01/01/2015 Medicine Psychology
DOI: 10.1017/S0305000913000421 SemanticScholar ID: 25275221 MAG: 2148029055

Word order, referential expression, and case cues to the acquisition of transitive sentences in Italian*

Publication Summary

ABSTRACT In Study 1 we analyzed Italian child-directed-speech (CDS) and selected the three most frequent active transitive sentence frames used with overt subjects. In Study 2 we experimentally investigated how Italian-speaking children aged 2;6, 3;6, and 4;6 comprehended these orders with novel verbs when the cues of animacy, gender, and subject–verb agreement were neutralized. For each trial, children chose between two videos (e.g., horse acting on cat versus cat acting on horse), both involving the same action. The children aged 2;6 comprehended S + object-pronoun + V (soprov) significantly better than S + V + object-noun (svonoun). We explain this in terms of cue collaboration between a low cost cue (case) and the firstargument = agent cue which we found to be reliable 76% of the time. The most difficult word order for all age groups was the object-pronoun + V + S (oprovs). We ascribe this difficulty to cue conflict between the two most frequent transitive frames found in CDS, namely V + object-noun and object-pronoun + V.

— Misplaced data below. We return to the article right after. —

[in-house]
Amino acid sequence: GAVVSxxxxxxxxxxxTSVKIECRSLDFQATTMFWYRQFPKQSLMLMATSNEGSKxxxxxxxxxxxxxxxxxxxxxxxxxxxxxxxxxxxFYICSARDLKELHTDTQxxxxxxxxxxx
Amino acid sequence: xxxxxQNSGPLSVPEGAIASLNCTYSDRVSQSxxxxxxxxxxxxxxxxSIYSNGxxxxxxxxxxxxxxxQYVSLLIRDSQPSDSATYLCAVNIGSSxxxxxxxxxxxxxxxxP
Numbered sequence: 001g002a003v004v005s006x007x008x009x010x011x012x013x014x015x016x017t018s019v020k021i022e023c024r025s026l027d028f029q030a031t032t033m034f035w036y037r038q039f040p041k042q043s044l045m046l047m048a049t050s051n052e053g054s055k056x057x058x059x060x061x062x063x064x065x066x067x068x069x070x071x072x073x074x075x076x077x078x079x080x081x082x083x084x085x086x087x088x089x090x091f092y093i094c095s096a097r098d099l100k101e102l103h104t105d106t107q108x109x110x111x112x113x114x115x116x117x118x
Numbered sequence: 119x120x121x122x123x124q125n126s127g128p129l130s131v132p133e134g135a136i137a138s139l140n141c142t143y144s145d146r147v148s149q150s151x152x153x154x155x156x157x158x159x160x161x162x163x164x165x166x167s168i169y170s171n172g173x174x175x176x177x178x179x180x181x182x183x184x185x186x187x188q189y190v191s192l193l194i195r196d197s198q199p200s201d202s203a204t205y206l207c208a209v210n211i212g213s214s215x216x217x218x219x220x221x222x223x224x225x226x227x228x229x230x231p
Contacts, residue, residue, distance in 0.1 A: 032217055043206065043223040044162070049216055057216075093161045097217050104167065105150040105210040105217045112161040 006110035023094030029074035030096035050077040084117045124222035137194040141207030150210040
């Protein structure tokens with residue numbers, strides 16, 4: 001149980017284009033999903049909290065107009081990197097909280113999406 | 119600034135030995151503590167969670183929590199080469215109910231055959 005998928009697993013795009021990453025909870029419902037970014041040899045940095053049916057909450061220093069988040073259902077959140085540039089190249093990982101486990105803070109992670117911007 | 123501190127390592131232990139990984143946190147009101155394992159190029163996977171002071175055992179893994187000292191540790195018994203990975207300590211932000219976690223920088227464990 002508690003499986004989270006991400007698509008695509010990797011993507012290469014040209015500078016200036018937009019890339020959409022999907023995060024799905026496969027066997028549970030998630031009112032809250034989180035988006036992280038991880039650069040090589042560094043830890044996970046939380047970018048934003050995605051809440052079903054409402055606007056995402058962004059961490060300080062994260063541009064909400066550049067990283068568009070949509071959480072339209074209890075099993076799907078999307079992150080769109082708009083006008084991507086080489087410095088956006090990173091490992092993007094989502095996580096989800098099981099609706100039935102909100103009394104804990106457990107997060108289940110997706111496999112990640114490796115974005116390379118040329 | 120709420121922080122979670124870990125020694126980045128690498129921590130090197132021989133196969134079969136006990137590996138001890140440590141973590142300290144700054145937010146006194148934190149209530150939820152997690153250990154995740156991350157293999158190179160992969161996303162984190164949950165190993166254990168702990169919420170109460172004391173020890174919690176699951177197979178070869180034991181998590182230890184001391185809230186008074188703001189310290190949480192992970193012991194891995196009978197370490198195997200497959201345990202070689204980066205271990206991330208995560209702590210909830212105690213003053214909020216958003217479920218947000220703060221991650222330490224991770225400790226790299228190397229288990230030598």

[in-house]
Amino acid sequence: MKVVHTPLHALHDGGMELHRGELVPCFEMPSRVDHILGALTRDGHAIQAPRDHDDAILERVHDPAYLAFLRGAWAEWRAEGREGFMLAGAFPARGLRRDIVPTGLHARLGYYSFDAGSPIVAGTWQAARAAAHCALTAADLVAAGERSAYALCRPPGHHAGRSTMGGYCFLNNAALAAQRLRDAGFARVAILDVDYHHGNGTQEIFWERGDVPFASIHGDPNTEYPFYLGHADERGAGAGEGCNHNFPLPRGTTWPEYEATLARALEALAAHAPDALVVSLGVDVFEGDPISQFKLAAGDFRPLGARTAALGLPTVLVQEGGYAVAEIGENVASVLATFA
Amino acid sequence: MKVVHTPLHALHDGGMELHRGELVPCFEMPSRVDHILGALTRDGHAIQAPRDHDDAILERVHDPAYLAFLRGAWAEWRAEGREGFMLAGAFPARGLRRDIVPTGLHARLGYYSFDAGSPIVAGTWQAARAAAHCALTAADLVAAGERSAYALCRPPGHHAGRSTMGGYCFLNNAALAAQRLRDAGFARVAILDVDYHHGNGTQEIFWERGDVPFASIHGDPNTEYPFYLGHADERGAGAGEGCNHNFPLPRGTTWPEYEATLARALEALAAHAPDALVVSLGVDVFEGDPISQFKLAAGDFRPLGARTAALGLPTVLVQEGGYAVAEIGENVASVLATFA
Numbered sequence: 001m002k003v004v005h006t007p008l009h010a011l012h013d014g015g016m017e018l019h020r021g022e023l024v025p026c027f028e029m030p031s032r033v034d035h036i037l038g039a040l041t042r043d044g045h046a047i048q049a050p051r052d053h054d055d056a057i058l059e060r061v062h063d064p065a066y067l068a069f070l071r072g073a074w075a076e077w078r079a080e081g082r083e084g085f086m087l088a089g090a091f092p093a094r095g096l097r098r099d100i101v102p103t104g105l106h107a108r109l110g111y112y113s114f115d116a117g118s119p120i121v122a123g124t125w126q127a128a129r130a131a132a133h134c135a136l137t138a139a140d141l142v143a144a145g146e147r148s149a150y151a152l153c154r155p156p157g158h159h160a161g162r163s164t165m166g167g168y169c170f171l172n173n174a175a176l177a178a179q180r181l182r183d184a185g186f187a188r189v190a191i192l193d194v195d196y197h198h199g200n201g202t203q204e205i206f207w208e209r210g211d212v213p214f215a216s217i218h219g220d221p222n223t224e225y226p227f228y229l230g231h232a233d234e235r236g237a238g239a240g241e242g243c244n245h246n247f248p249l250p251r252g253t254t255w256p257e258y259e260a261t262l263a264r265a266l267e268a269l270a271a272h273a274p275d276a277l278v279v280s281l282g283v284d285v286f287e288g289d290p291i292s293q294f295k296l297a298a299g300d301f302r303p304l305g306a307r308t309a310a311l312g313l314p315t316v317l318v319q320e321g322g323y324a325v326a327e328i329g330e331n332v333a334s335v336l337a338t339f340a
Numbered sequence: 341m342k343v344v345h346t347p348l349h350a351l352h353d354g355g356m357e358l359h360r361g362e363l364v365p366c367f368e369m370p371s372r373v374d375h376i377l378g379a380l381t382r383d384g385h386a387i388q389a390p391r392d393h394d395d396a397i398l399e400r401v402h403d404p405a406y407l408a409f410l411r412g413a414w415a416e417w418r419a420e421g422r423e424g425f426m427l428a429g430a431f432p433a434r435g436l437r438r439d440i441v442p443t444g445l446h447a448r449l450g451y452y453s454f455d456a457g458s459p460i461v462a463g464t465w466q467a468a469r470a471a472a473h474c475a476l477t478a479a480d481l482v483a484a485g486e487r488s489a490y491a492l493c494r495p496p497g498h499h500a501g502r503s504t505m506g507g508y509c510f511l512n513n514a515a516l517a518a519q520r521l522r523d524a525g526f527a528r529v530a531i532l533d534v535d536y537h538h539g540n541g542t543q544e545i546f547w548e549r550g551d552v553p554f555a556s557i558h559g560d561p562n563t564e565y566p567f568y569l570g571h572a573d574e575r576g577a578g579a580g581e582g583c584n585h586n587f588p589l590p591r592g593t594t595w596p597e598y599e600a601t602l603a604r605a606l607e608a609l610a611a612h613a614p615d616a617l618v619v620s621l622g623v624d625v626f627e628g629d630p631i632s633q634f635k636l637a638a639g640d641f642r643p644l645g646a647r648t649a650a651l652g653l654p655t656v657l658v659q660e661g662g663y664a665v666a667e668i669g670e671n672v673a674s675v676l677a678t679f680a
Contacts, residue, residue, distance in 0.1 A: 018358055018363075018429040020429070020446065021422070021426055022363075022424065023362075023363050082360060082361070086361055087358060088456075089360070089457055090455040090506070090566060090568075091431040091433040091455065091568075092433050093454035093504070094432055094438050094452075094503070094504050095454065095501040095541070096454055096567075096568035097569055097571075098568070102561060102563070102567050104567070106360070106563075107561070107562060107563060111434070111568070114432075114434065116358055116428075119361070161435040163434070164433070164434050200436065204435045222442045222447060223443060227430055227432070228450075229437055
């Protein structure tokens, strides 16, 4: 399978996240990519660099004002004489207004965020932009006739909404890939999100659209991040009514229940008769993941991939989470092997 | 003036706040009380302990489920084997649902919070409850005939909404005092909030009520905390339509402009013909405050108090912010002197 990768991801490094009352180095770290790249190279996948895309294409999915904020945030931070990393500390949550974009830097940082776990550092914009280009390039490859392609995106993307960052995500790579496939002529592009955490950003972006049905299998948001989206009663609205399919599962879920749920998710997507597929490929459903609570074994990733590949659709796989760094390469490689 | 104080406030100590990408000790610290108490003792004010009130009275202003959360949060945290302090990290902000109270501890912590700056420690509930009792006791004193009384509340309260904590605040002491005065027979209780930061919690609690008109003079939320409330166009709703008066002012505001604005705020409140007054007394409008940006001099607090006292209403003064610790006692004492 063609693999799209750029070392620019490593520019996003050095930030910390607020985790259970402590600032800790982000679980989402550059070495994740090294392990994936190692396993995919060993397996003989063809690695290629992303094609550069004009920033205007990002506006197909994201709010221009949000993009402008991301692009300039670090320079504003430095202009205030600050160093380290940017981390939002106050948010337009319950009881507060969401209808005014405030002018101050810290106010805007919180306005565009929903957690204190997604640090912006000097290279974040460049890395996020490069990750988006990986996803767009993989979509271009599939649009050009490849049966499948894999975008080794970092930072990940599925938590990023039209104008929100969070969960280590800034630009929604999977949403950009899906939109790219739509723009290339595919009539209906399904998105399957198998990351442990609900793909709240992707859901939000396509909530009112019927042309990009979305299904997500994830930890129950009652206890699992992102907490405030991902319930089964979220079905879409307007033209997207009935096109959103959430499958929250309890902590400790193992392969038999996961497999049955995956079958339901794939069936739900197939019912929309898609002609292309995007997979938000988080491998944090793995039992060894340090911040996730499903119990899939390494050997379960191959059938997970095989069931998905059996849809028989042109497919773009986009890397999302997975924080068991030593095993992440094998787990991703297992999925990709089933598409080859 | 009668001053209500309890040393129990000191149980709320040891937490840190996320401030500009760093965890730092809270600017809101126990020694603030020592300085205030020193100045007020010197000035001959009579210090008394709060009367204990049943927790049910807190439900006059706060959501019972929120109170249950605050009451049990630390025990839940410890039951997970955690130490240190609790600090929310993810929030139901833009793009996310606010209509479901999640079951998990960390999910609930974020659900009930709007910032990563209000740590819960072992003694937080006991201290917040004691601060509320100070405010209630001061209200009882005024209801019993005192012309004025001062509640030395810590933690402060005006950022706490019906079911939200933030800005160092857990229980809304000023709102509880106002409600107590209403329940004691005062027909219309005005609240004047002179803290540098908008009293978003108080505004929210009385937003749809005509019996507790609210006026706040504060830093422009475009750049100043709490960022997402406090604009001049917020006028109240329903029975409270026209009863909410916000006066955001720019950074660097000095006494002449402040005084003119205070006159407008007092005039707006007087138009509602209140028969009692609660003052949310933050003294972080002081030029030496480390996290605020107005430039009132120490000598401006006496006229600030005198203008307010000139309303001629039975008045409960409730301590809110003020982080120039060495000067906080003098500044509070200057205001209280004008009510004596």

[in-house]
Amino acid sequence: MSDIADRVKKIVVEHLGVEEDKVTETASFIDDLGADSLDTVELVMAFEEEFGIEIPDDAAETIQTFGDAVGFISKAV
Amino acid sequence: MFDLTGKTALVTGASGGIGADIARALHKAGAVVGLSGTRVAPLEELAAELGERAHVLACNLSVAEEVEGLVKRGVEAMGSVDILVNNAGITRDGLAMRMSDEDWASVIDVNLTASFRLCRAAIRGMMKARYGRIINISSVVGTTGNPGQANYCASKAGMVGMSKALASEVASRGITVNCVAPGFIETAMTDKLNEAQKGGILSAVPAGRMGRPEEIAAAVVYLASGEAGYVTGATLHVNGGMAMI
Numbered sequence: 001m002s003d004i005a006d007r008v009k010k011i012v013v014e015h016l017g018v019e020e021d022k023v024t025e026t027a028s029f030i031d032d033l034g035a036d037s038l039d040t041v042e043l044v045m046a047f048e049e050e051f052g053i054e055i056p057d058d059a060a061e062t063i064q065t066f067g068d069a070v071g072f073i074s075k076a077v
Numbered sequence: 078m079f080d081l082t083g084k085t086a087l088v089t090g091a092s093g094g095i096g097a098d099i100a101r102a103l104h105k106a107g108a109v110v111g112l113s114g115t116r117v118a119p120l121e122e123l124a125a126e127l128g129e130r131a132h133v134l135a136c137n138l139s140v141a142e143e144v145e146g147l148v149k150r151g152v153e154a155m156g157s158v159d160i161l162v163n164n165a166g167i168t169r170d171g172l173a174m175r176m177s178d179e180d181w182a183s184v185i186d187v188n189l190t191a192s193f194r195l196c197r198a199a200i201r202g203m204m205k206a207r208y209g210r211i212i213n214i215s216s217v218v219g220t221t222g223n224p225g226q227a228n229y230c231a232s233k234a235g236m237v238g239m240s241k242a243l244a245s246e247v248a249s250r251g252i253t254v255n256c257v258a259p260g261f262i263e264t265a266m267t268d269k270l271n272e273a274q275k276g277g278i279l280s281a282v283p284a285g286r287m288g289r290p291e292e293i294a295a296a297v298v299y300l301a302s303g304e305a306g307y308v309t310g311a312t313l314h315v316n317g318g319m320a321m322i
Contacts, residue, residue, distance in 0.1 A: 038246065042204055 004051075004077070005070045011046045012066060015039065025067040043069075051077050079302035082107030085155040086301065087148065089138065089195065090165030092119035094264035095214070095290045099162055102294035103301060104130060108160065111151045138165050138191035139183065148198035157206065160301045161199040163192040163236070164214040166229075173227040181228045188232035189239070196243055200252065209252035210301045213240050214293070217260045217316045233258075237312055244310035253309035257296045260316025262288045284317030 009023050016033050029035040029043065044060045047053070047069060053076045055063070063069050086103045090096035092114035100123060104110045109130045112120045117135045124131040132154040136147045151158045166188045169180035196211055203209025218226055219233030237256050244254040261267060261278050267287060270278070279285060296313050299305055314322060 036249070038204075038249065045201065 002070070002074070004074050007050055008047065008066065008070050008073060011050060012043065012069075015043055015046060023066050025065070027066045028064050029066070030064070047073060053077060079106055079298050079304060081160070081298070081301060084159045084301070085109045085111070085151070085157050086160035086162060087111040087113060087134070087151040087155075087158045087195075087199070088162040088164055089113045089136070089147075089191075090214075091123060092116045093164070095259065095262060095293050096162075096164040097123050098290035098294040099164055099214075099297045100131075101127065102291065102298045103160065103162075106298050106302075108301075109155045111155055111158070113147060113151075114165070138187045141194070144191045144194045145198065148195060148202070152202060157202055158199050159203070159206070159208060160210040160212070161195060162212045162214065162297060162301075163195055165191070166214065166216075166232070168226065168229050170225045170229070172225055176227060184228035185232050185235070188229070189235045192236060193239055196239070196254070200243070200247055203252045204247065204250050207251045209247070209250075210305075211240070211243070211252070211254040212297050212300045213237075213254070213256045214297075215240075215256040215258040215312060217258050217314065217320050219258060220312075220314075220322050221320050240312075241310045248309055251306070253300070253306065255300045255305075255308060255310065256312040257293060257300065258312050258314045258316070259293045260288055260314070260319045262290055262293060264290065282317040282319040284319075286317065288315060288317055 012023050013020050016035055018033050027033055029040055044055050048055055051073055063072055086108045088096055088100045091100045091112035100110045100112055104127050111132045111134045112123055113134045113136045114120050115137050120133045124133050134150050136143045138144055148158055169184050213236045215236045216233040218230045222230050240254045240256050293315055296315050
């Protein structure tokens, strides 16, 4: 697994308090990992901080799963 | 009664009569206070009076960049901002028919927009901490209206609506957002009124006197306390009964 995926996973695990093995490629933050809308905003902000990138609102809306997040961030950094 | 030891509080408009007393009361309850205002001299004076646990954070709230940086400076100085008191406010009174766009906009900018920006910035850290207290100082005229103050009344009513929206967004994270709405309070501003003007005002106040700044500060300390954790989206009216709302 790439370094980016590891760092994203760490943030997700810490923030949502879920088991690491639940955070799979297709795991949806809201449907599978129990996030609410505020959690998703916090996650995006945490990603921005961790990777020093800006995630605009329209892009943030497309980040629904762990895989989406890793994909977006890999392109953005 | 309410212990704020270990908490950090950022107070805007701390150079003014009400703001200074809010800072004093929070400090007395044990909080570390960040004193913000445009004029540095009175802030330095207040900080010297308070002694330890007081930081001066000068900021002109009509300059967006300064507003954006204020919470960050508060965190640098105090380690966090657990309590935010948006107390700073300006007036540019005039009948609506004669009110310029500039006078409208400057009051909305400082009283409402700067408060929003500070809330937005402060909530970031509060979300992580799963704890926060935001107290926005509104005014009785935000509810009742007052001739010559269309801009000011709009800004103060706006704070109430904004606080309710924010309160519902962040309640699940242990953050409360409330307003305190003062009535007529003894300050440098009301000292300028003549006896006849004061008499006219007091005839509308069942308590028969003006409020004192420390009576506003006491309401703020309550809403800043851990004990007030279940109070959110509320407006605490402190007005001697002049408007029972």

CAER Authors

Avatar Image for Ludovica Serratrice

Prof. Ludovica Serratrice

Reading University - Professor of multilingualism

Share this

Next publication

2009 Psychology

The Dynamics of Category Conjunctions

R. Hutter, R. Crisp, G. Humphreys, Gillian. M. Waters + 1 more